3. Statistical Evaluation

Results were expressed as the mean ± Standard Deviation of the mean of each group (n = 30), and analysed by a one way analysis of variance (ANOVA). Variant means were then separated by the Turkey-Kramer Post hoc test (SPSS version 20). Differences were considered significant at P < 0.05.

4. Results

4.1. Effects on Growth Performance

The nutrient composition and proximate analyses of the control and fumonisin B1 amended diets as well as the FB1 contents of the diets are as presented in Table 1. It shows the presence of fumonisin B1 did not affect the percentage crude protein, metabolizable energy and digestible energy levels of the diets.

Table 2 depicts the growth performance of juvenile Clarias gariepinus catfish fed varied amounts of FB1. It shows there were no significant difference (P > 0.05) in both the length and weight of the fishes fed the control and experimental diets at the start of the experiments. Table 2 also show that after 56 days of dietary FB1 exposures, there were significant difference (P < 0.05), in the mean body length of the fishes fed the control diets when compared with those of fishes fed the diets amended with various amounts of FB1. Table 2 shows the fishes fed the control diets had the highest gain in body length (47.63 ± 1.09 cm representing a 69.50% ± 1.20% gain in body length), while fishes fed the diets containing 40 mg FB1/kg had the least gain in body length (34.02 ± 0.48 cm which represent 17.31% ± 0.48% gain in body length). Although, there was a significant difference (P < 0.05) in the mean final body length in a comparison of fishes fed the control diets and the experimental diets; Turkey post hoc evaluation reveals, there were no variation (P > 0.05) in the mean final length of fishes fed the diets amended with the various amounts of FB1.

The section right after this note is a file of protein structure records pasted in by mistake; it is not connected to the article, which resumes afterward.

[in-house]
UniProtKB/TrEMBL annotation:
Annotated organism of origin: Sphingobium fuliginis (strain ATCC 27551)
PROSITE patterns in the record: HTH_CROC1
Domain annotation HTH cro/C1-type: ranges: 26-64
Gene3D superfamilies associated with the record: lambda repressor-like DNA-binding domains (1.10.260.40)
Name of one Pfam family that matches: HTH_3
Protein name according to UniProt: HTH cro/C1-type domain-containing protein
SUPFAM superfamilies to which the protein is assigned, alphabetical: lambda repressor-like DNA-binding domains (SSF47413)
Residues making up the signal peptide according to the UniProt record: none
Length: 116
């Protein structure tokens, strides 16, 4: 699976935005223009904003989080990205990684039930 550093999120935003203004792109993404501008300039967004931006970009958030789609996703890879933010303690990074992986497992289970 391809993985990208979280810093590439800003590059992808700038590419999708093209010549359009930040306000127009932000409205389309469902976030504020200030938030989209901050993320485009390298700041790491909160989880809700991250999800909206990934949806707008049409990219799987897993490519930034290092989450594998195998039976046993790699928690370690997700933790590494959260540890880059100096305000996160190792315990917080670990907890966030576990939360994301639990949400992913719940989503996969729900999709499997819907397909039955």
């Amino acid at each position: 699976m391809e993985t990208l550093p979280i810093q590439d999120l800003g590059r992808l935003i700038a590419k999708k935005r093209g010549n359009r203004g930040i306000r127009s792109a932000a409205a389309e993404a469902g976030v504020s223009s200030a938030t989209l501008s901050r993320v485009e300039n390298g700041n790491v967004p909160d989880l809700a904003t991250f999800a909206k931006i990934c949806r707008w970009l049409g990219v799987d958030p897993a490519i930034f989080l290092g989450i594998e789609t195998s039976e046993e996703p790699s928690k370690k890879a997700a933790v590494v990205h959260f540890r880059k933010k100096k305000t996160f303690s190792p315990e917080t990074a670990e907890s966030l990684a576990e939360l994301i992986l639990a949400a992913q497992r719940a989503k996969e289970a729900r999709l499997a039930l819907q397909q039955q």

One way analysis of variance (ANOVA) reveals there was a significant difference (P < 0.05) in the percentage gain in total length in a comparison of fishes fed the control fish and those fed the diets amended with fumonisin B1. Turkey post hoc reveals there were significant differences (P < 0.05) in the percentage gain in

Table 1. Nutrient composition, fumonisin B1 content and proximate analysis of formulated diets.

D0 = 0.0 mg FB1/kg; D1 = 10.0 mg FB1/kg; D2 = 20.0 mg FB1/kg; D3 = 40.0 mg FB1/kg; D4 = 80.0 mg FB1/kg.

Table 2. Growth performance of Clarias gariepinus juveniles fed varied levels of fumonisin B1 (FB1) fifty six days.

Rows with different superscript are significantly different (P < 0.05). D0 = 0.0 mg FB1/kg; D1 = 10.0 mg FB1/kg; D2 = 20.0 mg FB1/kg; D3 = 40.0 mg FB1/kg; D4 = 80.0 mg FB1/kg.